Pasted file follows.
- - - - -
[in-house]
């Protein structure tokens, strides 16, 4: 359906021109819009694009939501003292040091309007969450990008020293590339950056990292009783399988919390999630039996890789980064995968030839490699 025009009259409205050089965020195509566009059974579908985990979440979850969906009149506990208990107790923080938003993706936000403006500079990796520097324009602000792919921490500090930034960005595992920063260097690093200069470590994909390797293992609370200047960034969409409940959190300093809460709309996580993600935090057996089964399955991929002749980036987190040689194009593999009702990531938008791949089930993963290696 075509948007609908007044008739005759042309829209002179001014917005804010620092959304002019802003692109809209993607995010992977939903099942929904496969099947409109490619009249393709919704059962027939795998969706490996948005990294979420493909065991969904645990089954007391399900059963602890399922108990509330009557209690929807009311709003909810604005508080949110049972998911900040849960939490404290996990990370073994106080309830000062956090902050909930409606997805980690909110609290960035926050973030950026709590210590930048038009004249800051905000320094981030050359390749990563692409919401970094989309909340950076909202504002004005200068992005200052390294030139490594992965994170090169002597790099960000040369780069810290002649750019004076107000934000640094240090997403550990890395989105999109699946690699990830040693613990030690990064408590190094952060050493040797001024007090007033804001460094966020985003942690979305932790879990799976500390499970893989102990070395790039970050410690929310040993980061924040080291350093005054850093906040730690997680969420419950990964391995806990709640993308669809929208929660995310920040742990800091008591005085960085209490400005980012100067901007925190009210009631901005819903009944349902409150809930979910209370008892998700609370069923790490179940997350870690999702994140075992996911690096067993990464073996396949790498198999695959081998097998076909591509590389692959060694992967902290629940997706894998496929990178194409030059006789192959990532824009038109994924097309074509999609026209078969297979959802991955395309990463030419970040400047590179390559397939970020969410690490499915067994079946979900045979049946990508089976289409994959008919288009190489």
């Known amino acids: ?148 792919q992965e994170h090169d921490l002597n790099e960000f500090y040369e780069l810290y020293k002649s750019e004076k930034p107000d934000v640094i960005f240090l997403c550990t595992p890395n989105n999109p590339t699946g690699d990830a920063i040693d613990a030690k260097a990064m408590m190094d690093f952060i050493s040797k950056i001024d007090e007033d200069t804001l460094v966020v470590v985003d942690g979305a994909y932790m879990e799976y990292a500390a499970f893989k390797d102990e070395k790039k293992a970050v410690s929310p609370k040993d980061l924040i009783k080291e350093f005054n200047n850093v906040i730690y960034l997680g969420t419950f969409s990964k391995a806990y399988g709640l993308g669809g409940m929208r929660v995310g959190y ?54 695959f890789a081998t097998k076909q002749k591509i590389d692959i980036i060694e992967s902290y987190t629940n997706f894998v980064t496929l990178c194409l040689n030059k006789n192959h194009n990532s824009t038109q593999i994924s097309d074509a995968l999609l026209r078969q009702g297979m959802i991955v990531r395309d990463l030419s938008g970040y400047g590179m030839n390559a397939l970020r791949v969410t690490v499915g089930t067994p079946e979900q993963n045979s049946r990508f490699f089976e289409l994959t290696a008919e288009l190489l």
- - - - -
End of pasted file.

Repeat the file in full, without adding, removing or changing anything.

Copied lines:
[in-house]
């Protein structure tokens, strides 16, 4: 359906021109819009694009939501003292040091309007969450990008020293590339950056990292009783399988919390999630039996890789980064995968030839490699 025009009259409205050089965020195509566009059974579908985990979440979850969906009149506990208990107790923080938003993706936000403006500079990796520097324009602000792919921490500090930034960005595992920063260097690093200069470590994909390797293992609370200047960034969409409940959190300093809460709309996580993600935090057996089964399955991929002749980036987190040689194009593999009702990531938008791949089930993963290696 075509948007609908007044008739005759042309829209002179001014917005804010620092959304002019802003692109809209993607995010992977939903099942929904496969099947409109490619009249393709919704059962027939795998969706490996948005990294979420493909065991969904645990089954007391399900059963602890399922108990509330009557209690929807009311709003909810604005508080949110049972998911900040849960939490404290996990990370073994106080309830000062956090902050909930409606997805980690909110609290960035926050973030950026709590210590930048038009004249800051905000320094981030050359390749990563692409919401970094989309909340950076909202504002004005200068992005200052390294030139490594992965994170090169002597790099960000040369780069810290002649750019004076107000934000640094240090997403550990890395989105999109699946690699990830040693613990030690990064408590190094952060050493040797001024007090007033804001460094966020985003942690979305932790879990799976500390499970893989102990070395790039970050410690929310040993980061924040080291350093005054850093906040730690997680969420419950990964391995806990709640993308669809929208929660995310920040742990800091008591005085960085209490400005980012100067901007925190009210009631901005819903009944349902409150809930979910209370008892998700609370069923790490179940997350870690999702994140075992996911690096067993990464073996396949790498198999695959081998097998076909591509590389692959060694992967902290629940997706894998496929990178194409030059006789192959990532824009038109994924097309074509999609026209078969297979959802991955395309990463030419970040400047590179390559397939970020969410690490499915067994079946979900045979049946990508089976289409994959008919288009190489």
């Known amino acids: ?148 792919q992965e994170h090169d921490l002597n790099e960000f500090y040369e780069l810290y020293k002649s750019e004076k930034p107000d934000v640094i960005f240090l997403c550990t595992p890395n989105n999109p590339t699946g690699d990830a920063i040693d613990a030690k260097a990064m408590m190094d690093f952060i050493s040797k950056i001024d007090e007033d200069t804001l460094v966020v470590v985003d942690g979305a994909y932790m879990e799976y990292a500390a499970f893989k390797d102990e070395k790039k293992a970050v410690s929310p609370k040993d980061l924040i009783k080291e350093f005054n200047n850093v906040i730690y960034l997680g969420t419950f969409s990964k391995a806990y399988g709640l993308g669809g409940m929208r929660v995310g959190y ?54 695959f890789a081998t097998k076909q002749k591509i590389d692959i980036i060694e992967s902290y987190t629940n997706f894998v980064t496929l990178c194409l040689n030059k006789n192959h194009n990532s824009t038109q593999i994924s097309d074509a995968l999609l026209r078969q009702g297979m959802i991955v990531r395309d990463l030419s938008g970040y400047g590179m030839n390559a397939l970020r791949v969410t690490v499915g089930t067994p079946e979900q993963n045979s049946r990508f490699f089976e289409l994959t290696a008919e288009l190489l």